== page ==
CHARLOTTE – A nonprofit is pushing Mecklenburg County to pick up the pace and build 150 miles of public greenways by 2030 – three times the length in existence today – to stay ahead of rapid population growth.
Greenways for Mecklenburg estimates more than one million people will move to the county by 2035 and a connected greenway network would have a significant, positive impact on economic development, transportation and overall quality of life.
“People are moving here and they will not come with trails, they will not come with roads and they will not come with more land,” said Rick Winiker, an attorney on the board at Greenways for Mecklenburg. “If we can get 50 cars off the street, it will not solve the problem, but it will give us an alternative to the gridlock we will be facing in the future.”
Mecklenburg has 47 miles of finished paths and trails. The current five-year capital improvement program carves out 28 miles of greenways to be funded between now and 2023. The City of Charlotte is also helping fund a 30-mile stretch, known as the Cross Charlotte Trail, running from Pineville through uptown and on to the UNC Charlotte campus and Cabarrus County line.
“Greenways are definitely ranked number one among our amenities that people want and our number one priority at parks and recreation,” Michael Kirschman, deputy director of parks and recreation, said. “Greenways trump anything else. They trump pools and athletic fields. Nothing beats trails.”
Although work is progressing, it’s not moving as fast as originally promised.
The 1980 Charlotte-Mecklenburg Greenway Plan called for 79 miles of greenways and the 2008 plan called for 129 miles by 2018. Winiker said construction is moving at a pace of only three to four miles per year, which means a connected 200-mile network – Greenway for Mecklenburg’s ultimate goal by 2035 – could take more than 40 to 50 years.
Kirschman agreed the work has not stayed on schedule. It took the county 20 years to build 5.5 miles of trails and 17 years to build another 42 miles. He said it would have progressed faster, but the economic recession hurt funding and the county went on a debt diet that cut spending for new projects.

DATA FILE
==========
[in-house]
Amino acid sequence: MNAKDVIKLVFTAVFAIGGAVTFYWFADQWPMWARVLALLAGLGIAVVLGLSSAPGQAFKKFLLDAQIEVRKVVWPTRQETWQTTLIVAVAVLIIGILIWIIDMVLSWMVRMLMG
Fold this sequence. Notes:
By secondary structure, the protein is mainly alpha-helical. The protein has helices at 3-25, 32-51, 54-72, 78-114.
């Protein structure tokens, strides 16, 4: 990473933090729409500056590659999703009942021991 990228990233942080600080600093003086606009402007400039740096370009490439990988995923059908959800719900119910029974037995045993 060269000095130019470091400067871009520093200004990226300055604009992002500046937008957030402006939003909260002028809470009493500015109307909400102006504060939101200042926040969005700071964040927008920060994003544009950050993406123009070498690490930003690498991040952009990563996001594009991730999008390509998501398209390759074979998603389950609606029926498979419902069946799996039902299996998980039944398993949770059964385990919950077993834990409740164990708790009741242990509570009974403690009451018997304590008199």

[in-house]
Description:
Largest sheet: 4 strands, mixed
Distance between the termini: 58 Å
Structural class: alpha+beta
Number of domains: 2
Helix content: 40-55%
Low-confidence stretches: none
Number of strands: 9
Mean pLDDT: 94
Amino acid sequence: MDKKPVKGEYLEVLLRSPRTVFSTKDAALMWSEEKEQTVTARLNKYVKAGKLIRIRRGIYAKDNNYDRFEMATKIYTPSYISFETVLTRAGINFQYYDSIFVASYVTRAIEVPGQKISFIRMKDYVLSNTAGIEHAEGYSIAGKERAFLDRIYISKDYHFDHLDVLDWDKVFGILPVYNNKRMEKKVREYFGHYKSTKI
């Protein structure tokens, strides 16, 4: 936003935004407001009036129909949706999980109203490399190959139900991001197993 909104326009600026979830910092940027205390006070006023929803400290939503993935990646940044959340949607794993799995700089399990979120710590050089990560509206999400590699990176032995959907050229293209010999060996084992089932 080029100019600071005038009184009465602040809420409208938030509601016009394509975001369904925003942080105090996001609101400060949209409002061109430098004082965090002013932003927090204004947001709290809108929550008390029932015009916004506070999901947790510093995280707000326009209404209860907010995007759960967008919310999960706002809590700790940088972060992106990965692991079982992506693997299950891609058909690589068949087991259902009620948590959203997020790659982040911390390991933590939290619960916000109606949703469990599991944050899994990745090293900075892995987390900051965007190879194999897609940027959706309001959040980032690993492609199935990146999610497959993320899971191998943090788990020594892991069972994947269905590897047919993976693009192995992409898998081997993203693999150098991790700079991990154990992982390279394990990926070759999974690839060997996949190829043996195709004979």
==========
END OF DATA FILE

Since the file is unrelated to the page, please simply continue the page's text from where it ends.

Now momentum is picking up, Kirschman said, and 21 miles of greenway currently in the planning and design stages is slated to open in the next two years.
“The genie is out of the bottle,” he said. “This is like a snowball rolling down a hill and it’s just gaining momentum and gaining mass and the planning takes time, but when it comes, it’s really great.”
He estimates there will be just shy of 100 miles built by 2030, and that’s as fast as the work can go under the current funding model since it costs $1.5 to 2 million per mile. The only way to speed things up is for county commissioners to allocate more money toward future greenway projects, he said.
“With political will and money, you can go to the moon,” Kirschman said. “Greenways for Mecklenburg wants 100 more miles, but this is what they’re really asking for. They’re really asking for $150 to $200 million more.”
Winiker doesn’t think the price tag is too high considering the return.
“It’s not only an investment that makes sense in terms of tax revenue, employment opportunities and quality of life, but we have the money to do it now,” he said. “It’s a no-brainer, but it’s not happening at the pace we need it to.”